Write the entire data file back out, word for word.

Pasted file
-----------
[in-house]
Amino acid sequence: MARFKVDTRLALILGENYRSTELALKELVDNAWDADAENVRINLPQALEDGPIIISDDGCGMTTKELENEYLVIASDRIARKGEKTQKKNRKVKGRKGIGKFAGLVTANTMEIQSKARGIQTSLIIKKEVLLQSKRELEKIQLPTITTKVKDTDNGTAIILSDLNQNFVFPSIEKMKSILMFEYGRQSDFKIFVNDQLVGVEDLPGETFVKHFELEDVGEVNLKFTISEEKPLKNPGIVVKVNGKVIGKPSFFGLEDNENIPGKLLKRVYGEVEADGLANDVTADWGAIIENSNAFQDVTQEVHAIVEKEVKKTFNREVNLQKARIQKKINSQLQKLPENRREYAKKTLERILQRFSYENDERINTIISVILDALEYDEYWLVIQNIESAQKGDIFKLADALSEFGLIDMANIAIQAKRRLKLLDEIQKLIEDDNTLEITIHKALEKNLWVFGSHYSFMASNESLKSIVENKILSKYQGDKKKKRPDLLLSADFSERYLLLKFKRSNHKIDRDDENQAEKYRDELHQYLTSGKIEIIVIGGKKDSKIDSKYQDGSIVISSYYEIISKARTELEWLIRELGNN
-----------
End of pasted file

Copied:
[in-house]
Amino acid sequence: MARFKVDTRLALILGENYRSTELALKELVDNAWDADAENVRINLPQALEDGPIIISDDGCGMTTKELENEYLVIASDRIARKGEKTQKKNRKVKGRKGIGKFAGLVTANTMEIQSKARGIQTSLIIKKEVLLQSKRELEKIQLPTITTKVKDTDNGTAIILSDLNQNFVFPSIEKMKSILMFEYGRQSDFKIFVNDQLVGVEDLPGETFVKHFELEDVGEVNLKFTISEEKPLKNPGIVVKVNGKVIGKPSFFGLEDNENIPGKLLKRVYGEVEADGLANDVTADWGAIIENSNAFQDVTQEVHAIVEKEVKKTFNREVNLQKARIQKKINSQLQKLPENRREYAKKTLERILQRFSYENDERINTIISVILDALEYDEYWLVIQNIESAQKGDIFKLADALSEFGLIDMANIAIQAKRRLKLLDEIQKLIEDDNTLEITIHKALEKNLWVFGSHYSFMASNESLKSIVENKILSKYQGDKKKKRPDLLLSADFSERYLLLKFKRSNHKIDRDDENQAEKYRDELHQYLTSGKIEIIVIGGKKDSKIDSKYQDGSIVISSYYEIISKARTELEWLIRELGNN